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Pediatrics. 1987 Sep;80(3):375-80.

Long-term follow-up of children with congenital central hypoventilation syndrome.


The long-term clinical course of six patients with congenital central hypoventilation syndrome is described. During the neonatal period, the patients had prolonged apneas and hypoventilation, in the absence of cardiac, pulmonary, or neuromuscular disease. After an initial period of respirator dependency, they became able to sustain normal gas exchange while awake. During sleep, however, profound hypoventilation developed, and tracheostomy and mechanical ventilation were required. Ventilatory responses to hypercapnia and hypoxia were depressed or absent and did not improve with time. One patient was able, at 2 years of age, to breathe spontaneously during sleep with only moderate hypoventilation. The others, now 4 to 14 years of age, still need ventilatory support during sleep. Complications, such as cardiac failure and hypoxic seizures, mostly occurred early in the course and resolved with correction of insufficient mechanical ventilation. Speech acquisition was possible with the use of a special stoma plug. All patients were managed at home, and with appropriate support, the parents were able to provide safe ventilatory care with low morbidity and no mortality.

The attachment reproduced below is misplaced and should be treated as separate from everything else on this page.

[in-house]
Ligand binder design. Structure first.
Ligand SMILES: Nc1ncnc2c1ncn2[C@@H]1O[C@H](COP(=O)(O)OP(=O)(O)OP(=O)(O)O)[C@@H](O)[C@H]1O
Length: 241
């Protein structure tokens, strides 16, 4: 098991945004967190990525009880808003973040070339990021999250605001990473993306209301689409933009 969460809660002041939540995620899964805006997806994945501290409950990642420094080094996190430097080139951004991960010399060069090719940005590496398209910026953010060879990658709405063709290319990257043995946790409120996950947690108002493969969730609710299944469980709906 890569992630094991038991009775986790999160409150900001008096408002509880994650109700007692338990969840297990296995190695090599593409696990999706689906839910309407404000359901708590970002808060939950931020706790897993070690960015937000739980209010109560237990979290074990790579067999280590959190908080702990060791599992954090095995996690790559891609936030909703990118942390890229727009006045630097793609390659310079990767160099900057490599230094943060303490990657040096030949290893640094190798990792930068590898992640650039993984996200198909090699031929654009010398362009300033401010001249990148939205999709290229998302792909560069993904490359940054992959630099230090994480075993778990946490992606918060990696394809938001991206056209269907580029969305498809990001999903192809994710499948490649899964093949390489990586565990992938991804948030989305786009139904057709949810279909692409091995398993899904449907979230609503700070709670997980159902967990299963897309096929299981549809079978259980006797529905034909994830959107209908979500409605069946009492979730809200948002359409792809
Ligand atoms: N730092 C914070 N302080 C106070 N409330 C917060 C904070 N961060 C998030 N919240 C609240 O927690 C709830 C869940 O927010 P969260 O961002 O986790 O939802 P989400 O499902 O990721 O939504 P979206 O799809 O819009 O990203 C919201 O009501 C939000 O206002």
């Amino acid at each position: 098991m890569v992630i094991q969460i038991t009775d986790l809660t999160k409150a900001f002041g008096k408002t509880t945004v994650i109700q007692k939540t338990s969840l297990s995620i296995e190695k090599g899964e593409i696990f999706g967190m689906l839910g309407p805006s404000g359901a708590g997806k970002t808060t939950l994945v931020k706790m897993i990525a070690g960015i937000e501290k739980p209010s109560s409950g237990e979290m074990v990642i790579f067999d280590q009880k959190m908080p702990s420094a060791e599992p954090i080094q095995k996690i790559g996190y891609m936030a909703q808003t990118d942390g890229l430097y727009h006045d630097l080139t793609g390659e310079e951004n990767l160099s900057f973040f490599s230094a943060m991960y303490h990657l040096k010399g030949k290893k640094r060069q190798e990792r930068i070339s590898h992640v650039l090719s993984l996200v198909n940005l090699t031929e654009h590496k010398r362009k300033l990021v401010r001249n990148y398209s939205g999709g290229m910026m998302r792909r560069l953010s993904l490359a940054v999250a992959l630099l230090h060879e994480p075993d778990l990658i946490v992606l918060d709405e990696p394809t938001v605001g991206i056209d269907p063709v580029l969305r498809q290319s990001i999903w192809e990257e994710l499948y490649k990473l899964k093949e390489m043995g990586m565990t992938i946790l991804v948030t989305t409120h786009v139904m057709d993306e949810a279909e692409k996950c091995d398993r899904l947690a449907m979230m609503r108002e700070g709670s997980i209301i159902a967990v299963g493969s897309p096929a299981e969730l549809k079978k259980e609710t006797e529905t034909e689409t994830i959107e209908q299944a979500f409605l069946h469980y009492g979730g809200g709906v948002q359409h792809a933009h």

[Indexed for MEDLINE]

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